In a tangential way, it reminded me of what Ocean Vuong says about how queerness saved him, how it made him a better person. I keep coming back to this metaphor of queerness and freedom.
BR: I’m always thinking about rural life. I grew up in an incredibly small community and in northern Canada, where there are so few queer people and their horizons of possibility are narrowed.
The book I’m working on now, which is fiction inspired by my own emotional history, takes place in northern Alberta and Canada. There’s a character who is a Queer man who doesn’t ever really end up coming out, and for whom grief and sadness become the ways that his queerness registers in the world… there’s something incredibly tragic about that.
J: I love this idea of ‘emotional history’. The Australian copy of your book is labelled a memoir, but in North America, it’s billed as a collection of essays. In the opening note, you talk about the tension between ambiguity and veracity, and so I find the idea of an emotional history really intriguing.
BR: Halfway through the writing I realised that I was less beholden to truth as a simple accounting of facts and more beholden to emotional truth. I turned to poetry and theory and away from memoir at some point because I couldn’t see my life as part of a narrative arc.
I felt that I’d lived in such an incredibly fragmented way, and that meant I had to write in fragments. So the book is essentially an emotional history; maybe that’s a better subtitle [both laugh].
J: On turning away from memoir, I found it interesting how you talked about writing as ‘throwing yourself at the page’. I can identify with that. Every time I sit down to write, I feel like I forget how to do it [BR laughs]. Was there a cost to writing something like Brief Body, I wonder, or was it a release?
BR: Probably both. When I wrote that line I was thinking about how literary festival attendees related to me in a way that suggested an intimacy with me that is not actually there.
There’s always the risk of confirming long-held stereotypes and tropes in your declarations of trauma or racism. You can’t escape miscomprehension. And I don’t think the answer is to fully withhold our stories of suffering and sadness because I think they reach the shores of whoever needs them.
But I remember the week before the book was published in the US. I was in bed at midnight or something, and I was suddenly alert to the fact that I [BR laughs nervously] discuss incredibly personal aspects of my life [J laughs] and was suddenly very anxious about that [both laugh]. It was shocking because I was like, ‘I never… this never occurred to me’.
J: I can think of some of the things you’re thinking of… it makes total sense. Didion talks about how, when you write, it’s almost as if to a void. You’re always wondering if anyone is actually listening. So that realisation that people will read that book you just published with very sensitive information is… I don’t know if comic is the right word?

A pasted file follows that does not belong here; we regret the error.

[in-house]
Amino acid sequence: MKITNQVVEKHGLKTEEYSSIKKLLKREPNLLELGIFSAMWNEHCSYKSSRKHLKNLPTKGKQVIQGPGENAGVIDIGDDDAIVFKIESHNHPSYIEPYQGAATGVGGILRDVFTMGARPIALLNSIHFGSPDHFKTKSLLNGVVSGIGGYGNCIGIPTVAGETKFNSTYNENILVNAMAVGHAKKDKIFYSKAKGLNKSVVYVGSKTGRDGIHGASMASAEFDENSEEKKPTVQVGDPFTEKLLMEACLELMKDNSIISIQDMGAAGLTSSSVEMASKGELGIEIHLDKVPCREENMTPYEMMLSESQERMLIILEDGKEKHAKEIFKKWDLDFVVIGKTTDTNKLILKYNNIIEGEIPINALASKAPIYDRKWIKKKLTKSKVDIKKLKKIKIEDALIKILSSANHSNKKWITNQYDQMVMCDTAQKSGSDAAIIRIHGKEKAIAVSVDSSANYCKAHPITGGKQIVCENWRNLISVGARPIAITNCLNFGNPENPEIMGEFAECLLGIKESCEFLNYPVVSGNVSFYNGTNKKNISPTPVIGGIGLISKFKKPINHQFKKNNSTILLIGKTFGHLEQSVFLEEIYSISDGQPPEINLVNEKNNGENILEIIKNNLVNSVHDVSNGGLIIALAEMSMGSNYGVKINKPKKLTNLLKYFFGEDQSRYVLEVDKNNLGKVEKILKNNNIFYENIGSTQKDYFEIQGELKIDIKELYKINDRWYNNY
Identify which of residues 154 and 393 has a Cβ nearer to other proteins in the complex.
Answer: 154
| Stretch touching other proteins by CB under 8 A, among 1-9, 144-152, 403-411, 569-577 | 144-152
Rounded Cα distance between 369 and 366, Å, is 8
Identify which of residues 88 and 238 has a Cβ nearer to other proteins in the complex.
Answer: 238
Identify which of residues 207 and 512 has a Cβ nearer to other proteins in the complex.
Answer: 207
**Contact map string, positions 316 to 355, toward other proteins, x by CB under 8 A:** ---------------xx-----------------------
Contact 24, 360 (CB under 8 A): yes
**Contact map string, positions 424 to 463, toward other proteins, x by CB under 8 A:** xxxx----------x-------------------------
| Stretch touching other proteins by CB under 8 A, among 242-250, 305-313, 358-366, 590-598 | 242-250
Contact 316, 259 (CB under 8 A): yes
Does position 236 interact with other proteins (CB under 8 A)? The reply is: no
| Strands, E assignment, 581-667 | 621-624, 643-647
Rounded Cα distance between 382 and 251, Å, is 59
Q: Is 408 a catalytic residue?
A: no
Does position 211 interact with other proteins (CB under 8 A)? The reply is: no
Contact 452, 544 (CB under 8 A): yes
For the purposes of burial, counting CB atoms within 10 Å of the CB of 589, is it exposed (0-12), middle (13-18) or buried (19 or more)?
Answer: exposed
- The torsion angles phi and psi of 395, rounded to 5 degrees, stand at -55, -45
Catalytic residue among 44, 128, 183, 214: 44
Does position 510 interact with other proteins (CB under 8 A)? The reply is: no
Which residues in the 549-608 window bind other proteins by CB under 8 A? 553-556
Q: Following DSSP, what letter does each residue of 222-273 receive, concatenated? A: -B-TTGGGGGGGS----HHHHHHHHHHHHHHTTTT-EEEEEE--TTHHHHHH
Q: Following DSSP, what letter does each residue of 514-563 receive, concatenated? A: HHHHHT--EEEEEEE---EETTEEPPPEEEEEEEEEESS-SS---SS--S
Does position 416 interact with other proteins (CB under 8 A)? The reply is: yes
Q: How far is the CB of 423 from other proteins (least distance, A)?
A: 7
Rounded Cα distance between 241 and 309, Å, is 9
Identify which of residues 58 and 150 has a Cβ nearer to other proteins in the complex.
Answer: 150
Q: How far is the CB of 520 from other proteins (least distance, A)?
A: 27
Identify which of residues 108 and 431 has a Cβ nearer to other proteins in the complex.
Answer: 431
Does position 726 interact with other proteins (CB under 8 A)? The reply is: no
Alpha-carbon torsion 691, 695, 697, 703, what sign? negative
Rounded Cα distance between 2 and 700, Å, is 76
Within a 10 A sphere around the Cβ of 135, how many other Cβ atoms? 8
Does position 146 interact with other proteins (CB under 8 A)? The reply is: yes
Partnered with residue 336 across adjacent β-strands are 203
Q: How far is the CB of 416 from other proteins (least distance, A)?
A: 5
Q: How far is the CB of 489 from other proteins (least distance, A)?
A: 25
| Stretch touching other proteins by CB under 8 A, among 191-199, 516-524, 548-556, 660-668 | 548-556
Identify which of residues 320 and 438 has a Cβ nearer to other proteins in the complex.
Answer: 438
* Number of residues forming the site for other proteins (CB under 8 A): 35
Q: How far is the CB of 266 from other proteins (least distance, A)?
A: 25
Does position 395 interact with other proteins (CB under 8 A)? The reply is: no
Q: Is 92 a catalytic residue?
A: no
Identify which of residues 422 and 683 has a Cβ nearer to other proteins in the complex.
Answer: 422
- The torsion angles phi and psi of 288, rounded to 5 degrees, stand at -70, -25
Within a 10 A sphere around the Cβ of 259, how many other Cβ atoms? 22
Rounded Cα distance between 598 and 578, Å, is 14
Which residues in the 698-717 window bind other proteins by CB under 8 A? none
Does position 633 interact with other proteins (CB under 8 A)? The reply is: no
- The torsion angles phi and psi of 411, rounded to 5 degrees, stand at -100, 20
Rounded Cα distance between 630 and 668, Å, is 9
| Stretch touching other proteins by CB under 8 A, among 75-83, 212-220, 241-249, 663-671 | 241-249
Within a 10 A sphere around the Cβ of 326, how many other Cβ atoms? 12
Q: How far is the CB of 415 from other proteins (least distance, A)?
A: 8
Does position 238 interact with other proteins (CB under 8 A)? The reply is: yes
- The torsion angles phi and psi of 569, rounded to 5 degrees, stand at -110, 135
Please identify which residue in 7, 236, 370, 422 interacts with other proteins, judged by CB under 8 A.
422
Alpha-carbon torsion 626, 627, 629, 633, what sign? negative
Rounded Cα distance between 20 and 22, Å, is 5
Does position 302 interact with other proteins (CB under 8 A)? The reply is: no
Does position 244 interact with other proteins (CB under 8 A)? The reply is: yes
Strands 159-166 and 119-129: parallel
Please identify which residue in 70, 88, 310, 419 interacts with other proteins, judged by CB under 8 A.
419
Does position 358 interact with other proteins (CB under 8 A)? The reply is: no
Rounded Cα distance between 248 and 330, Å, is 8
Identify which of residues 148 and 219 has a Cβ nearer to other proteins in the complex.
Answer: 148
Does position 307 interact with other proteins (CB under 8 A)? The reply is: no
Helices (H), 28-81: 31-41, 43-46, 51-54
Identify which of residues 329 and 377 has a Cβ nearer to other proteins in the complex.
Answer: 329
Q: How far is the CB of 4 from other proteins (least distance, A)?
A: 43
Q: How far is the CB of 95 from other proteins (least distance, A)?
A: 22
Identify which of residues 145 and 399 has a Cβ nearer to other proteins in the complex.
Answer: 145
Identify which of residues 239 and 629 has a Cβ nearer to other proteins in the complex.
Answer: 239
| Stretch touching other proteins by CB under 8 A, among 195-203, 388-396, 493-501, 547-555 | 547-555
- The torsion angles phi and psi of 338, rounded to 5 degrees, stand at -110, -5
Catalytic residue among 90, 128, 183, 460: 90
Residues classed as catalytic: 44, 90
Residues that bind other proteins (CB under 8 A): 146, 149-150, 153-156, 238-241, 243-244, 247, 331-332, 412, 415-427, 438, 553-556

BR: Yeah, it’s almost like when the curtain comes up, but you’ve already said everything [Both laugh].
J: I also agree with what you said about writing trauma. As someone who’s had more than a few traumatic experiences, it feels unfair to say, ‘we can’t tell this kind of story anymore’. I’m left wondering, ‘okay, where do I put all of this?’
Relatedly, at the end of one essay, you mention the biopower of slurs—that disciplining of the body—and how racialised or minoritised people internalise that exercise of majoritarian power. I’ve been thinking about that a lot lately.
BR: Yeah, I mean, I was gonna say I feel like writing is one way of putting it down, we put it down on the page literally [J laughs]. But it’s more complicated than that… the truth is that many people don’t know how to work through it.
We have all these ways of suppressing trauma, but that’s one of the most important uses of literature. I can think of countless times when reading something set in the realm of my experience allowed for momentary freedom, a connection or an opportunity to acknowledge my own complexity.
J: Connection in the form of desire, intimacy and sex are themes that recur throughout many of the essays. There’s a moment that I thought was philosophically interesting, where you don a jockstrap at a hookup’s request. It’s an instance of racial fetishisation where you nevertheless feel like an erotic being.
We’re familiar with the feminist understanding of objectification. Philosophically, though, there is a kind that we desire. When I put on a jockstrap, I want to be the object of someone’s sexual desire—that’s the whole point. This is a difficult space for racialised people to navigate, to put it mildly.
BR: Right. Something I learned from feminist theory was that marginalisation can itself be an erotic event. Indigenous feminists have very elegantly and powerfully articulated the sexual component of colonial conquests.
As a young, Queer, Indigenous person in a conservative space like Edmonton, it was apparent to me that the ways men, especially White men, could engage with me were over-determined by those by those scripts, the erotics of race and racism.
And so, the possibility of any kind of transformative intimacy was written off from the start… there’s like a world-shattering quality to that [Both laugh].
J: How disappointing.
BR: Yeah. That experience of the world-shattering is one of the currents that compelled me to write in the first place. But I do think that what Indigenous feminists have also taught us is that love can be an anti-colonial force in the world.
When I think about love, I always think about Lauren Berlant’s interview where they said that love is one of the few places where, maybe, we want to be different, we want to be changed. That felt to me like an incredibly anti-colonial position.